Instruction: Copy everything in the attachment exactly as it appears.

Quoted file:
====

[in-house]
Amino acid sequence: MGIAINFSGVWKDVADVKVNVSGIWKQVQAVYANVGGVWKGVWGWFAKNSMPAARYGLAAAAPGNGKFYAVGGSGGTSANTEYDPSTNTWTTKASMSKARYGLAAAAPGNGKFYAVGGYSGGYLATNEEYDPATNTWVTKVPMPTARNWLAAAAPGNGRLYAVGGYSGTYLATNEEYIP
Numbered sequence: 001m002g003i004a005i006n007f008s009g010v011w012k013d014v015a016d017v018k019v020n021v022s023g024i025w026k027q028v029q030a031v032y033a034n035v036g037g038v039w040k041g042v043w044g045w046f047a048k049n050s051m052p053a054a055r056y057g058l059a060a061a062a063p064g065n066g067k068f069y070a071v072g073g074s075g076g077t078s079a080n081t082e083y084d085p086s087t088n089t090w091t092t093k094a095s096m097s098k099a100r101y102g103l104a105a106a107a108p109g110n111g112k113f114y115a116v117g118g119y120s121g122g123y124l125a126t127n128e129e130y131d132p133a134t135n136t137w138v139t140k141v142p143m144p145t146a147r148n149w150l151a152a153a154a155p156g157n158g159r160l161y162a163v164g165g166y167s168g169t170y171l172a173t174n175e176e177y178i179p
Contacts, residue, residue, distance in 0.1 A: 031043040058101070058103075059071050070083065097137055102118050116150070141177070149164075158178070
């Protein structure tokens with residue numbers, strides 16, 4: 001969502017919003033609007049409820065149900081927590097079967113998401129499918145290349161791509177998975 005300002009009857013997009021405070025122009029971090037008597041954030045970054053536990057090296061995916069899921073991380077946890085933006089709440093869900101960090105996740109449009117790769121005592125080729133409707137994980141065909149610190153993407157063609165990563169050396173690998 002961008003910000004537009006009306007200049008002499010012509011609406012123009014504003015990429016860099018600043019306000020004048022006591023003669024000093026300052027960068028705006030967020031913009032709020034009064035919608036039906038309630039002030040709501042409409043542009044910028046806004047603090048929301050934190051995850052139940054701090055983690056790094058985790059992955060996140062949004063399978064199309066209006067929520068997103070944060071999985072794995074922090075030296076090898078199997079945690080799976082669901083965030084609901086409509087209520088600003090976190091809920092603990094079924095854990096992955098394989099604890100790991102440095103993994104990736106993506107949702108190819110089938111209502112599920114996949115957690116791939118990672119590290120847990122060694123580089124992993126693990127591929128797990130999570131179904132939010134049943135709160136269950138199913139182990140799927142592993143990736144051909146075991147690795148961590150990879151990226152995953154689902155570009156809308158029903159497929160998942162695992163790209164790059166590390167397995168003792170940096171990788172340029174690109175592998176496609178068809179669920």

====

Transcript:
[in-house]
Amino acid sequence: MGIAINFSGVWKDVADVKVNVSGIWKQVQAVYANVGGVWKGVWGWFAKNSMPAARYGLAAAAPGNGKFYAVGGSGGTSANTEYDPSTNTWTTKASMSKARYGLAAAAPGNGKFYAVGGYSGGYLATNEEYDPATNTWVTKVPMPTARNWLAAAAPGNGRLYAVGGYSGTYLATNEEYIP
Numbered sequence: 001m002g003i004a005i006n007f008s009g010v011w012k013d014v015a016d017v018k019v020n021v022s023g024i025w026k027q028v029q030a031v032y033a034n035v036g037g038v039w040k041g042v043w044g045w046f047a048k049n050s051m052p053a054a055r056y057g058l059a060a061a062a063p064g065n066g067k068f069y070a071v072g073g074s075g076g077t078s079a080n081t082e083y084d085p086s087t088n089t090w091t092t093k094a095s096m097s098k099a100r101y102g103l104a105a106a107a108p109g110n111g112k113f114y115a116v117g118g119y120s121g122g123y124l125a126t127n128e129e130y131d132p133a134t135n136t137w138v139t140k141v142p143m144p145t146a147r148n149w150l151a152a153a154a155p156g157n158g159r160l161y162a163v164g165g166y167s168g169t170y171l172a173t174n175e176e177y178i179p
Contacts, residue, residue, distance in 0.1 A: 031043040058101070058103075059071050070083065097137055102118050116150070141177070149164075158178070
């Protein structure tokens with residue numbers, strides 16, 4: 001969502017919003033609007049409820065149900081927590097079967113998401129499918145290349161791509177998975 005300002009009857013997009021405070025122009029971090037008597041954030045970054053536990057090296061995916069899921073991380077946890085933006089709440093869900101960090105996740109449009117790769121005592125080729133409707137994980141065909149610190153993407157063609165990563169050396173690998 002961008003910000004537009006009306007200049008002499010012509011609406012123009014504003015990429016860099018600043019306000020004048022006591023003669024000093026300052027960068028705006030967020031913009032709020034009064035919608036039906038309630039002030040709501042409409043542009044910028046806004047603090048929301050934190051995850052139940054701090055983690056790094058985790059992955060996140062949004063399978064199309066209006067929520068997103070944060071999985072794995074922090075030296076090898078199997079945690080799976082669901083965030084609901086409509087209520088600003090976190091809920092603990094079924095854990096992955098394989099604890100790991102440095103993994104990736106993506107949702108190819110089938111209502112599920114996949115957690116791939118990672119590290120847990122060694123580089124992993126693990127591929128797990130999570131179904132939010134049943135709160136269950138199913139182990140799927142592993143990736144051909146075991147690795148961590150990879151990226152995953154689902155570009156809308158029903159497929160998942162695992163790209164790059166590390167397995168003792170940096171990788172340029174690109175592998176496609178068809179669920």